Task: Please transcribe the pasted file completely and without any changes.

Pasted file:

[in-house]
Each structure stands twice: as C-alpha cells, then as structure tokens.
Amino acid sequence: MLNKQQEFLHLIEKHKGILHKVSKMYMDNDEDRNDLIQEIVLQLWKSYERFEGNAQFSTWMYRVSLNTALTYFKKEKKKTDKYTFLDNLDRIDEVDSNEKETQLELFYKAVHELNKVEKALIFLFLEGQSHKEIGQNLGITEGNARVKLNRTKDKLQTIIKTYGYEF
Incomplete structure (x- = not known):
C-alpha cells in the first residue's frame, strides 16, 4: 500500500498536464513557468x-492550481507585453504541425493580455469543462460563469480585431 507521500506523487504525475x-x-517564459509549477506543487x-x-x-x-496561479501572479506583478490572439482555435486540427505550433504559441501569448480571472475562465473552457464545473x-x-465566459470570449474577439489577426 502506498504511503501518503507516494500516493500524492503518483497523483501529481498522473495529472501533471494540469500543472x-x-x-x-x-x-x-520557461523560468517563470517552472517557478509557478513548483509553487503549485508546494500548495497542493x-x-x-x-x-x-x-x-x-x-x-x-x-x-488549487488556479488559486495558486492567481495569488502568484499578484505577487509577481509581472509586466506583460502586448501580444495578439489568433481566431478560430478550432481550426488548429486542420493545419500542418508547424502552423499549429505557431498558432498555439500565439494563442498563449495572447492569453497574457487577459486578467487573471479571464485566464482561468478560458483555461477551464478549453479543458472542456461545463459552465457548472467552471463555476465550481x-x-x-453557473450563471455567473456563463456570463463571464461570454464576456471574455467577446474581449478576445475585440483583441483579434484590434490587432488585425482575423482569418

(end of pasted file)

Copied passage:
[in-house]
Each structure stands twice: as C-alpha cells, then as structure tokens.
Amino acid sequence: MLNKQQEFLHLIEKHKGILHKVSKMYMDNDEDRNDLIQEIVLQLWKSYERFEGNAQFSTWMYRVSLNTALTYFKKEKKKTDKYTFLDNLDRIDEVDSNEKETQLELFYKAVHELNKVEKALIFLFLEGQSHKEIGQNLGITEGNARVKLNRTKDKLQTIIKTYGYEF
Incomplete structure (x- = not known):
C-alpha cells in the first residue's frame, strides 16, 4: 500500500498536464513557468x-492550481507585453504541425493580455469543462460563469480585431 507521500506523487504525475x-x-517564459509549477506543487x-x-x-x-496561479501572479506583478490572439482555435486540427505550433504559441501569448480571472475562465473552457464545473x-x-465566459470570449474577439489577426 502506498504511503501518503507516494500516493500524492503518483497523483501529481498522473495529472501533471494540469500543472x-x-x-x-x-x-x-520557461523560468517563470517552472517557478509557478513548483509553487503549485508546494500548495497542493x-x-x-x-x-x-x-x-x-x-x-x-x-x-488549487488556479488559486495558486492567481495569488502568484499578484505577487509577481509581472509586466506583460502586448501580444495578439489568433481566431478560430478550432481550426488548429486542420493545419500542418508547424502552423499549429505557431498558432498555439500565439494563442498563449495572447492569453497574457487577459486578467487573471479571464485566464482561468478560458483555461477551464478549453479543458472542456461545463459552465457548472467552471463555476465550481x-x-x-453557473450563471455567473456563463456570463463571464461570454464576456471574455467577446474581449478576445475585440483583441483579434484590434490587432488585425482575423482569418